Background on rights issues, what is your action required & how do you calculate the stock pricing after.
We will use Public Bank (PBBANK) rights issue in 2014 June as an example.
RENOUNCEABLE RIGHTS ISSUE OF 350,212,513 NEW ORDINARY SHARES OF RM1.00 EACH IN PUBLIC BANK BERHAD (“PBB”) (“PBB SHARE(S)”) (“RIGHTS SHARE(S)”) ON THE BASIS OF ONE (1) RIGHTS SHARE FOR EVERY TEN (10) EXISTING PBB SHARES HELD AS AT 5.00 P.M. ON 23 JUNE 2014, AT AN ISSUE PRICE OF RM13.80 PER RIGHTS SHARE (“RIGHTS ISSUE”)
Ratio: 1 : 10
Rights Issues/Offer Price: 13.8
What is Rights Issues?
Rights issues is used by companies to raise funds.
Existing shareholders are given rights to purchase additional shares at a fixed price.
You have 10,000 PBBANK shares. At a 1:10 ratio, you have the rights to purchase 1,000 additional PBBANK shares at 13.80 per share.
Note that the new shares price is at the rights price of 13.80. And not RM1.00 which is the ordinary shares price at launch.
What can You Do with your Rights?
- You purchase additional shares by paying RM13,800 for 1,000 shares.
- You do nothing. However your shares would be diluted. In this case by 10%.
- You sell part of your shares rights to other investors to take up the remainder of your rights (aka ‘swallowing your tail’)
- You sell all the shares rights to other investors via your broker prior to the rights issues date (renounceable rights).
PBBANK share prices is trading at 20. You sell your rights for 1,000 shares at 13.80. Your gains is RM6,200.
How do you Factor in Shares Rights Issue?
Old shares: 10; New Shares: 1 (Ratio 10:1)
Cum price: 19.60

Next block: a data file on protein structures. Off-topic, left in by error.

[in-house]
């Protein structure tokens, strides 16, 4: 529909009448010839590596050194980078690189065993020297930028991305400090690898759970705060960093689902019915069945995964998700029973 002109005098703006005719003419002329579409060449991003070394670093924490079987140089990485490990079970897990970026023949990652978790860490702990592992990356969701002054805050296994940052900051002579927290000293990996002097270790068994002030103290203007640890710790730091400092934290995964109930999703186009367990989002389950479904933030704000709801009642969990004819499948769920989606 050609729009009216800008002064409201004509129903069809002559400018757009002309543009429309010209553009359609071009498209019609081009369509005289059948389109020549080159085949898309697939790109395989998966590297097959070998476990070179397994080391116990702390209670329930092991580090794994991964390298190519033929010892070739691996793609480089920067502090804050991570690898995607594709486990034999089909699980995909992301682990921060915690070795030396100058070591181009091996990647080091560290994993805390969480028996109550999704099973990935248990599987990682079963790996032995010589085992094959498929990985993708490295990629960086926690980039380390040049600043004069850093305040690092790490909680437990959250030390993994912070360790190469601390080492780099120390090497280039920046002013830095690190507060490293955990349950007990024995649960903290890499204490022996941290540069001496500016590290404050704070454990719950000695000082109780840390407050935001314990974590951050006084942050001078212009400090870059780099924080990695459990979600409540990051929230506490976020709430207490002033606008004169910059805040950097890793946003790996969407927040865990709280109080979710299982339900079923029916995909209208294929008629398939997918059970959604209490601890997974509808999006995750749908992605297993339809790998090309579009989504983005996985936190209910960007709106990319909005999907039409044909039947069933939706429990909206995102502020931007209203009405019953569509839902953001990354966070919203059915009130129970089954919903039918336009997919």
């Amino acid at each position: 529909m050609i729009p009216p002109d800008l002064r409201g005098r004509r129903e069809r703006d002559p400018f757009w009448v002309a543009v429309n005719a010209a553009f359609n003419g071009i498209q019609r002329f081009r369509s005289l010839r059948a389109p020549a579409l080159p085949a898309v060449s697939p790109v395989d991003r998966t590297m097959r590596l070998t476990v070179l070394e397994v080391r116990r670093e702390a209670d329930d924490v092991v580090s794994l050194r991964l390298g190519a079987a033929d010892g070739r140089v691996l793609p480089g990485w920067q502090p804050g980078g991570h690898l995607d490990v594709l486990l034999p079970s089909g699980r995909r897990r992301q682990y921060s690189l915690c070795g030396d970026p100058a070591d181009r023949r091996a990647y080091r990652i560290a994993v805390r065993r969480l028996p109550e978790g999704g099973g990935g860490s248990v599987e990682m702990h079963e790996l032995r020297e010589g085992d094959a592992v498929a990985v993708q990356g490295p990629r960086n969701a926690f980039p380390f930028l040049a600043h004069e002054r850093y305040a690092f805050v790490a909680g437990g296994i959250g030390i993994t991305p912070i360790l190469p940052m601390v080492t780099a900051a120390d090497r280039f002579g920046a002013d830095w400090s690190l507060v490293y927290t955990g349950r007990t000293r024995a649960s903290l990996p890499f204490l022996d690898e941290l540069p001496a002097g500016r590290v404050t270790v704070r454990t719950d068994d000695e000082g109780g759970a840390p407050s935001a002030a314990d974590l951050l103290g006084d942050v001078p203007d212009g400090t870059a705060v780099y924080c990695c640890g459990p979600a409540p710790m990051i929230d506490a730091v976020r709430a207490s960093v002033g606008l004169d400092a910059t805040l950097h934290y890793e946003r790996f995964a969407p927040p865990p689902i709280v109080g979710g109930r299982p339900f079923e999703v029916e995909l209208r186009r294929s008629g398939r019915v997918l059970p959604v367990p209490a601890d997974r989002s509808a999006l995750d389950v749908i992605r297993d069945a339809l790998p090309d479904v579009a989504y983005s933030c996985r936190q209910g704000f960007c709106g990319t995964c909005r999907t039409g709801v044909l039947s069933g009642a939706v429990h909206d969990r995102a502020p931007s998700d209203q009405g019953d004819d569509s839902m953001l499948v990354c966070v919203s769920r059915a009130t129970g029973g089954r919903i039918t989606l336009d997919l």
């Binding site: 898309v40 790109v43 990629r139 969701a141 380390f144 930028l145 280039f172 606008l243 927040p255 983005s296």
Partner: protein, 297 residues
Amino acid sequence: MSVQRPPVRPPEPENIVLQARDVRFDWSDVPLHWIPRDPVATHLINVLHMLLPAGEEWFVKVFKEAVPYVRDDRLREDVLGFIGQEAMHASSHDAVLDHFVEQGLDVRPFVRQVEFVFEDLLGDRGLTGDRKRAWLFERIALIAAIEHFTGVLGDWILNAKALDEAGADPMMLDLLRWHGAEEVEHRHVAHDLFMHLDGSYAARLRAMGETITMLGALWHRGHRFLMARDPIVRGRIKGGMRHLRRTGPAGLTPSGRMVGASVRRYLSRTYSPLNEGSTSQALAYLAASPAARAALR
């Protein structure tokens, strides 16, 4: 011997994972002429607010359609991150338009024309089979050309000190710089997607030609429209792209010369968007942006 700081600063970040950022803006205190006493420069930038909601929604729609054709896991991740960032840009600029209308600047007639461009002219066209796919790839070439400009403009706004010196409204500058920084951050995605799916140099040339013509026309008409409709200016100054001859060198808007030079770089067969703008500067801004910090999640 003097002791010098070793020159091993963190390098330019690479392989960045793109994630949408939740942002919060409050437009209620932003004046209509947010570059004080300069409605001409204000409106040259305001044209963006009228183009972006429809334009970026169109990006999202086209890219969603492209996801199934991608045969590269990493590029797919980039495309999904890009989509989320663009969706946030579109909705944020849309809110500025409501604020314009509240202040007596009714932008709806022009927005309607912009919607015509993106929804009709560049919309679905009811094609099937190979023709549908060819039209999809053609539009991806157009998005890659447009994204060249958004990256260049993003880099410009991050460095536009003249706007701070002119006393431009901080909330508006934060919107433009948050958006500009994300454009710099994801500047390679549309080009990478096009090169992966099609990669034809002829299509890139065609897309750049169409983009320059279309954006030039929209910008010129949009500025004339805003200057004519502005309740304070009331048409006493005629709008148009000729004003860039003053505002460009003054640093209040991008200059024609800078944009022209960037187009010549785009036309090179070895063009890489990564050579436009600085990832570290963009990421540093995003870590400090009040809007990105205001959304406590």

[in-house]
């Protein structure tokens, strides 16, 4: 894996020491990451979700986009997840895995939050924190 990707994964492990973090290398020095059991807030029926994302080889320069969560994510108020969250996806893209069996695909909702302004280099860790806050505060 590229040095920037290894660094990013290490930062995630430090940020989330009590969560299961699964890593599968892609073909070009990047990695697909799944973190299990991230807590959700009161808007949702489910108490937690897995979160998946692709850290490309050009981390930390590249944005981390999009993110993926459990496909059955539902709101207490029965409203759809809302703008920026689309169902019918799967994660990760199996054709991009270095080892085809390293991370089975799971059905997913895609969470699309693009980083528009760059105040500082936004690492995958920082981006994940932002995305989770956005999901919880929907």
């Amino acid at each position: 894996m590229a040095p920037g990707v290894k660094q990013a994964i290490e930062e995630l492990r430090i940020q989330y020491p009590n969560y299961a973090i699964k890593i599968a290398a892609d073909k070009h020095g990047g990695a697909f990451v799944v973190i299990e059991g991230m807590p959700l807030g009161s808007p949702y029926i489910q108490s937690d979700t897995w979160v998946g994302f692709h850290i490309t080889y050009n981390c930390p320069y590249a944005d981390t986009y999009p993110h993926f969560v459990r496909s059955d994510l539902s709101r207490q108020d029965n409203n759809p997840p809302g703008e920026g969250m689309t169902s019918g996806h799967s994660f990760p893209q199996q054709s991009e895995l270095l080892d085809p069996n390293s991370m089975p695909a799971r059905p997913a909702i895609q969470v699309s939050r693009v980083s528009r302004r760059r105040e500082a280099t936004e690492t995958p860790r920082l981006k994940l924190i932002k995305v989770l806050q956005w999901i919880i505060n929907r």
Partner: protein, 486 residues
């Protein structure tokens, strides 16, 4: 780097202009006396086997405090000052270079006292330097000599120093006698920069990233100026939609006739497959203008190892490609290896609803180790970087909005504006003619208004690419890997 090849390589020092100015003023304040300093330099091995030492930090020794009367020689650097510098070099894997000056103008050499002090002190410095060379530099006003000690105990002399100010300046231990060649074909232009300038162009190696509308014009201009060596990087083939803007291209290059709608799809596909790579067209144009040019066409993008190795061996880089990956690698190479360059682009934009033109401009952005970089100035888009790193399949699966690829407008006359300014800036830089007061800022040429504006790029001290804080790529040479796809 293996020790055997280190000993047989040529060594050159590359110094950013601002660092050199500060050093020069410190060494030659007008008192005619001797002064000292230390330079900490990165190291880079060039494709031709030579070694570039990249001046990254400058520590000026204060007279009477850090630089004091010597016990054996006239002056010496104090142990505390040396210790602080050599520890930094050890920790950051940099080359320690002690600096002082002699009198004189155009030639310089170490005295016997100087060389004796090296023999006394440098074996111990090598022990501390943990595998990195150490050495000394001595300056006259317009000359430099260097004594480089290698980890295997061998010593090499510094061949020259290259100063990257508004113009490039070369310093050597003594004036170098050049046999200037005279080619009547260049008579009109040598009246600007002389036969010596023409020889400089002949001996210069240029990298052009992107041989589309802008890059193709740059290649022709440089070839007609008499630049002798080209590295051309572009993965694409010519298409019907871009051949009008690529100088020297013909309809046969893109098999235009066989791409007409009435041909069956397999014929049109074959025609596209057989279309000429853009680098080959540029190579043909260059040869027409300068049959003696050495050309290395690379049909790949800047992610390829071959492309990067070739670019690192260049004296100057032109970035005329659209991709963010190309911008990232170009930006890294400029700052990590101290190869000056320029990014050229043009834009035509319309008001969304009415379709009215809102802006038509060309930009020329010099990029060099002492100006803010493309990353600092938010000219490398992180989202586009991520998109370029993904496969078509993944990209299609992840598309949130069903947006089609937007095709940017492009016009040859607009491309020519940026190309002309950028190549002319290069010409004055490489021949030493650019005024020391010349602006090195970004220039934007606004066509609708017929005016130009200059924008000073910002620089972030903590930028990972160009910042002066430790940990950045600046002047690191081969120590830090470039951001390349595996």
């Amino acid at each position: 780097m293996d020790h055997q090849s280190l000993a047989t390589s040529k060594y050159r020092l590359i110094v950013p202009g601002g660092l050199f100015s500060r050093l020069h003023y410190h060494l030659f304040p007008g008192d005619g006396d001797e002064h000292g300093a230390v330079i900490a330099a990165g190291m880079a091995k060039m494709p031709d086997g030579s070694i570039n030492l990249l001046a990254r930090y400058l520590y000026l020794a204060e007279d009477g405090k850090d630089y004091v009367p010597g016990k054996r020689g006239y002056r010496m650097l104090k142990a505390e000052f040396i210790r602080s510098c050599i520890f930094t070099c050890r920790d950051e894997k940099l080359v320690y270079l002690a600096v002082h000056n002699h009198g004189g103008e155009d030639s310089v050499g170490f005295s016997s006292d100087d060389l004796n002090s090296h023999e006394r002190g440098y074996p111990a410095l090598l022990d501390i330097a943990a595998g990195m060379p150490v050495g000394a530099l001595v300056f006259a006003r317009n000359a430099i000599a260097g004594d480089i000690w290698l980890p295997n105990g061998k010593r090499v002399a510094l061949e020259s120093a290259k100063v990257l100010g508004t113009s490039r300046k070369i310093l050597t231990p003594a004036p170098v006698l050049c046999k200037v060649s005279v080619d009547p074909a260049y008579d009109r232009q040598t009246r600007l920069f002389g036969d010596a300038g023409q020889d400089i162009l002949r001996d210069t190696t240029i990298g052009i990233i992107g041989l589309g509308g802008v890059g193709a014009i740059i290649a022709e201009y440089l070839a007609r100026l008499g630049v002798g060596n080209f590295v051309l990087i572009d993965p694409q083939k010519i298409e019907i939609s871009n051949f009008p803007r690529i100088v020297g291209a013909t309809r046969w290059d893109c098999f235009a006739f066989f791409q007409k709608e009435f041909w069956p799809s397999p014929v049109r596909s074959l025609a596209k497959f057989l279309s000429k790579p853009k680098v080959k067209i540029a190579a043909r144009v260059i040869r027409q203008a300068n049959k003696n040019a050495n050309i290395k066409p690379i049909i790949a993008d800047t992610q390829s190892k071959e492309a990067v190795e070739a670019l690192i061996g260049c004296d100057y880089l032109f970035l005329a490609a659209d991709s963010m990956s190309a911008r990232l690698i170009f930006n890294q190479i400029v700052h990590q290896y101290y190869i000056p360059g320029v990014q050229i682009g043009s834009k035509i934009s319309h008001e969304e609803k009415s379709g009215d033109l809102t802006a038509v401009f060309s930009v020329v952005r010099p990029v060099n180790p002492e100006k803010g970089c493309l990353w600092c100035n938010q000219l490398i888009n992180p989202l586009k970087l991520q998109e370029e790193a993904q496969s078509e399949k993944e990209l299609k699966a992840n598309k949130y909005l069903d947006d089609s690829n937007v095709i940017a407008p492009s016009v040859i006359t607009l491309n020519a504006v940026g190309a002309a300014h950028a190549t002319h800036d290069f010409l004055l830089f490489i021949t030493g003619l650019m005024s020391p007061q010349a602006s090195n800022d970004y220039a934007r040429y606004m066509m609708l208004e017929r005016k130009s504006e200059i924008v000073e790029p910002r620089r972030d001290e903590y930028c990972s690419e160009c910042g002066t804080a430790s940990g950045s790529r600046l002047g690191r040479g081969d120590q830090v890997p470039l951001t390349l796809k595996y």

Offer price: 13.80
For the targeted purchase price, factor in the rights issue to reach your new target purchase price
PBBANK target purchase price: 17.72
Factor in rights Issue – New target purchase price: 17.72 * 0.9730983 = 17.243
For historical per share data (e.g. Earnings per Share, Dividends per Share), factor in the Adjustment Factor for all years prior to the rights issue. Often the company would factor in the dilutions in the next company annual report thus no additional work is required on your side.
What are Other Common Shares Changes?
Share Splits: Share prices can rise very high & the company may want to split the shares for increased trading liquidity. For example a 2:1 splits of a share at RM10 would see the new share price at RM5 (50%) & the number of shares doubled.
Share Consolidations (Aka Reverse Share Splits): The opposite of a share split to increase the share price & reduce the number of shares in the market. For example a 1 for 10 consolidation would see a RM0.20 share rise to RM2 (x10) & number of shares reduced by a factor of 10.
Bonus Issues: Similar to share splits but stakeholders do not need to fork out additional money. It is treated differently for accounting & legal purposes with a bonus issue creating new shares reallocating shareholder equity.
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